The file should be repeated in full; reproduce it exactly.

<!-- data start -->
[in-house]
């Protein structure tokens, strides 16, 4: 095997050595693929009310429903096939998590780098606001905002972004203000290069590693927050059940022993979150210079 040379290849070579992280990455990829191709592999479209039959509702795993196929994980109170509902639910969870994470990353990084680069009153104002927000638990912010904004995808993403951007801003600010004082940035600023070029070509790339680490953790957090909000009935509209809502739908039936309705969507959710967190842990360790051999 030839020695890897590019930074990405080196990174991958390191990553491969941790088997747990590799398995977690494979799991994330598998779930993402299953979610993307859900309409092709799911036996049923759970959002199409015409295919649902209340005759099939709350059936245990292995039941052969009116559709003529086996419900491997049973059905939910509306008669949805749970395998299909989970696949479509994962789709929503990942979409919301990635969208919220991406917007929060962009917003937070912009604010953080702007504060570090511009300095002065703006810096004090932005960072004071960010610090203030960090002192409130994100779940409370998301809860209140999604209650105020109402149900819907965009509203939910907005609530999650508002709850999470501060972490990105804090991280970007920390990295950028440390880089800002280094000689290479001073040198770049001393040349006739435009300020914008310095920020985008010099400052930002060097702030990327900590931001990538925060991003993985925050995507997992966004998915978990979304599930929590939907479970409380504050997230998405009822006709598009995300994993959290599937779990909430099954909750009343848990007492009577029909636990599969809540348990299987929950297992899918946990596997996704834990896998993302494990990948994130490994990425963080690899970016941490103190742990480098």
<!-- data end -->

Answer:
[in-house]
């Protein structure tokens, strides 16, 4: 095997050595693929009310429903096939998590780098606001905002972004203000290069590693927050059940022993979150210079 040379290849070579992280990455990829191709592999479209039959509702795993196929994980109170509902639910969870994470990353990084680069009153104002927000638990912010904004995808993403951007801003600010004082940035600023070029070509790339680490953790957090909000009935509209809502739908039936309705969507959710967190842990360790051999 030839020695890897590019930074990405080196990174991958390191990553491969941790088997747990590799398995977690494979799991994330598998779930993402299953979610993307859900309409092709799911036996049923759970959002199409015409295919649902209340005759099939709350059936245990292995039941052969009116559709003529086996419900491997049973059905939910509306008669949805749970395998299909989970696949479509994962789709929503990942979409919301990635969208919220991406917007929060962009917003937070912009604010953080702007504060570090511009300095002065703006810096004090932005960072004071960010610090203030960090002192409130994100779940409370998301809860209140999604209650105020109402149900819907965009509203939910907005609530999650508002709850999470501060972490990105804090991280970007920390990295950028440390880089800002280094000689290479001073040198770049001393040349006739435009300020914008310095920020985008010099400052930002060097702030990327900590931001990538925060991003993985925050995507997992966004998915978990979304599930929590939907479970409380504050997230998405009822006709598009995300994993959290599937779990909430099954909750009343848990007492009577029909636990599969809540348990299987929950297992899918946990596997996704834990896998993302494990990948994130490994990425963080690899970016941490103190742990480098």